Consider the C++ class is linked in a dynamic library called MyLibrary.dll on Windows, libMyLibrary.so on Linux/Solaris ,and libMyLibrary.dylib on Mac OS X. These names are the typical conventions of these operating systems and JNIEasy tries to follow these conventions by default. However, they are not mandatory. In JNIEasy, any custom dynamic library name can be used.

The Java class must be declared as "native" with JNIEasy. It can be "enhanced" to bind this class to the C++. To do this, we need an XML descriptor. The XML declares our Java class as JNIEasy-native and explains how to bind the desired methods to native methods:

<?xml version="1.0" encoding="UTF-8"?>
<!-- Archive MyCPPClassOnDLL.jnieasy.enh.xml -->
<jniEasyEnhancer version="1.1">

<package name="examples.manual">
<class name="MyCPPClassOnDLL" type="class" libraryPath="MyLibrary" >

<constructor params="int, int" onLibrary="true" nativeName="MSC:?create@MyCPPClassOnDLL@@SGPAV1@HH@Z;gcc:_ZN15MyCPPClassOnDLL6createEii"> </constructor>

<method name="destroy" params="MyCPPClassOnDLL" onLibrary="true" nativeName="MSC:?destroy@MyCPPClassOnDLL@@SGXPAV1@@Z;gcc:_ZN15MyCPPClassOnDLL7destroyEPS_"> </method>

<method name="addStatic" params="int,int" onLibrary="true" nativeName="MSC:?addStatic@MyCPPClassOnDLL@@SG_JHH@Z;gcc:_ZN15MyCPPClassOnDLL9addStaticEii">

<method name="sub" params="int, int" onLibrary="true" nativeName="MSC:?sub@MyCPPClassOnDLL@@UAGNHH@Z;gcc:_ZN15MyCPPClassOnDLL3subEii">

<method name="varargsEx" onLibrary="true" nativeName="MSC:?varargsEx@MyCPPClassOnDLL@@SAXPADZZ;gcc:_ZN15MyCPPClassOnDLL9varargsExEPcz" callConv="c_call">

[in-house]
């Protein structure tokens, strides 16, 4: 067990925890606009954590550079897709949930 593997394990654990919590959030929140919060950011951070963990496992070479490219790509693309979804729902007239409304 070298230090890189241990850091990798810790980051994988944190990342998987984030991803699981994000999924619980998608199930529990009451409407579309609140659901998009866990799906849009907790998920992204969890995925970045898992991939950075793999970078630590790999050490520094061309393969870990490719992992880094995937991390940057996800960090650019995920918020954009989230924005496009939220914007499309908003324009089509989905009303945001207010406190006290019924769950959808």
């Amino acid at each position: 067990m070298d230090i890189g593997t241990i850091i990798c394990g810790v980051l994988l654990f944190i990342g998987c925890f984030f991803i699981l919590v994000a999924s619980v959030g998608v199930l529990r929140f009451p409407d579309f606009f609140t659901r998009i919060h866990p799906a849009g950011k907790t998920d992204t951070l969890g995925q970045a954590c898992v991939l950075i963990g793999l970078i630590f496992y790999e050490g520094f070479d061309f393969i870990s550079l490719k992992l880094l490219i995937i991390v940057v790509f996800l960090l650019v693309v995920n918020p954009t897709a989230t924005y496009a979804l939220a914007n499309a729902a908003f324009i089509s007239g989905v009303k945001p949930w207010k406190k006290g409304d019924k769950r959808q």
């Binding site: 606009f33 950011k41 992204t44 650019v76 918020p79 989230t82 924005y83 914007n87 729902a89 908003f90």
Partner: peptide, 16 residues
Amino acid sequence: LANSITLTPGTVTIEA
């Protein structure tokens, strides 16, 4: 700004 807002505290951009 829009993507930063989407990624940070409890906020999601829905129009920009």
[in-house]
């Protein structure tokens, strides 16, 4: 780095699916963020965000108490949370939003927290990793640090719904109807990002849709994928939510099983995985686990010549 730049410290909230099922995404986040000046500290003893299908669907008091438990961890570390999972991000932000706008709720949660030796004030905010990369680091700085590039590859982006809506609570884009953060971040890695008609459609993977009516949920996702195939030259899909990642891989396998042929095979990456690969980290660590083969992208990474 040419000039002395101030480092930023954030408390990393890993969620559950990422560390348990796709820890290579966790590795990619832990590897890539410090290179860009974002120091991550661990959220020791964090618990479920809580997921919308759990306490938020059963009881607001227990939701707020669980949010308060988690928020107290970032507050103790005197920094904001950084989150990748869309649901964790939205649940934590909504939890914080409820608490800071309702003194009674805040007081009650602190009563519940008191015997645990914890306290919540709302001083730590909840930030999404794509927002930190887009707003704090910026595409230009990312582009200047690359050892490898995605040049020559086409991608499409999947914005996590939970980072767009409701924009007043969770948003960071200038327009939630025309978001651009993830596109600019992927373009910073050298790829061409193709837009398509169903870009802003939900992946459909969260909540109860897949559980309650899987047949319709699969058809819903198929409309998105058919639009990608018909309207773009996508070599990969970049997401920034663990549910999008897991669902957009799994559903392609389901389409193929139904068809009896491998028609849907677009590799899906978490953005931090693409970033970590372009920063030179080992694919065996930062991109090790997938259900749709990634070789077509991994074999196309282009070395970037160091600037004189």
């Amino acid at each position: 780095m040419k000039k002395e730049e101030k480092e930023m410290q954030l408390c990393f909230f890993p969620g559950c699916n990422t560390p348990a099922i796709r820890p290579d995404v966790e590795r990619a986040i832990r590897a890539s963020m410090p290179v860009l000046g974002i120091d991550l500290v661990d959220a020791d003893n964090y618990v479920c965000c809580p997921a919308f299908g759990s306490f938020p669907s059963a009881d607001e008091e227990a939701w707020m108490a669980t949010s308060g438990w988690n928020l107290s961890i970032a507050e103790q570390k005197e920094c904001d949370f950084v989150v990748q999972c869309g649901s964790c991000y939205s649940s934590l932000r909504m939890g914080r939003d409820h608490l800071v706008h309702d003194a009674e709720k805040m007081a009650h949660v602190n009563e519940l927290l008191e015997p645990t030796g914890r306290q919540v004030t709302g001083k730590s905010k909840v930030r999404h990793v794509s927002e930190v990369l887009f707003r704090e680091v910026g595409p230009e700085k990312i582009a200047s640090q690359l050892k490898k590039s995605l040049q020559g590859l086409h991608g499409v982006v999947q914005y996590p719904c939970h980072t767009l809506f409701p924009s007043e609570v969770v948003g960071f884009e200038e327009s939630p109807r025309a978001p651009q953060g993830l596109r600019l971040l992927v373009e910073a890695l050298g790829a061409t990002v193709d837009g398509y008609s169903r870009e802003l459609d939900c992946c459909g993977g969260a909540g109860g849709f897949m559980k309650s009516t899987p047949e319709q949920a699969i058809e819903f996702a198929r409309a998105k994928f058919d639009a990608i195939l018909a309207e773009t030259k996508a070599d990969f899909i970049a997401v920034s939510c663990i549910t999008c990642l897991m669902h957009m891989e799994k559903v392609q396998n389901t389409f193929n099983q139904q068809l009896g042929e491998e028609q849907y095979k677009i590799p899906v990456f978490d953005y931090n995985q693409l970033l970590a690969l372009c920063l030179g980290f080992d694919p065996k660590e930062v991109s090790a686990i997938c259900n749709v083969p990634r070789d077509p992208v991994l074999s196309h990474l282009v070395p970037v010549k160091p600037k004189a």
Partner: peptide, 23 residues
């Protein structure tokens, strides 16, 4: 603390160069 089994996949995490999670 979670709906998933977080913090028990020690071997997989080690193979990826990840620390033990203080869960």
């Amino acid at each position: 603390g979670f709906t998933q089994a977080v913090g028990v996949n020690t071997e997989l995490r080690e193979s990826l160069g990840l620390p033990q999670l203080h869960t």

<return />
<param class="byte[]" />
<param class="Object[]" varargs="true" />

The following attribute:


...explains to JNIEasy to use "?create@MyCPPClassOnDLL@@SGPAV1@HH@Z" as the exported method name, if the native library was compiled with a Microsoft C/C++ compiler. Otherwise it uses "_ZN15MyCPPClassOnDLL6createEii", if compiled with gcc.

Both "macros" are user-defined, calling NativeTypeManager.defineMacro(String,Object). Using this "C-inspired" macro system allows JNIEasy, at runtime, to resolve the appropiated library name, method name, memory size, and so on. This way, Java "native" code can be portable between platforms, compilers, and so on.

Note that the getValue() method is not declared in the XML enhancer file. JNIEasy keeps this method "untouched". By default, any Java field in the class is declared native and bound to the C++ field by the enhancer. Correspondence between Java and C++ is according to the native layout of the class. This is the reason for the Java field "virtualTable", because the C++ class has a hidden member pointer to resolve virtual method addressing. And our C++ class has a virtual method, this implies a virtual method table.

This Java code shows an example of how we can access our C++ code and create a C++ object from Java:

long res = MyCPPClassOnDLL.addStatic(1,2);
System.out.println("Must be 3: " + res);

MyCPPClassOnDLL obj = new MyCPPClassOnDLL(1,2); // Calls create() C++ method.
// New object is already native and maps the C++ object
System.out.println("Must be 3: " + obj.getValue());
// Java method getValue() is not native (but field "value" is native)

double res2 = obj.sub(1,2);
System.out.println("Must be 0: " + res2);

MyCPPClassOnDLL.destroy(obj); // Calls the C++ method destroy(), the memory is freed.

This code is basically the same when we do the same in C++.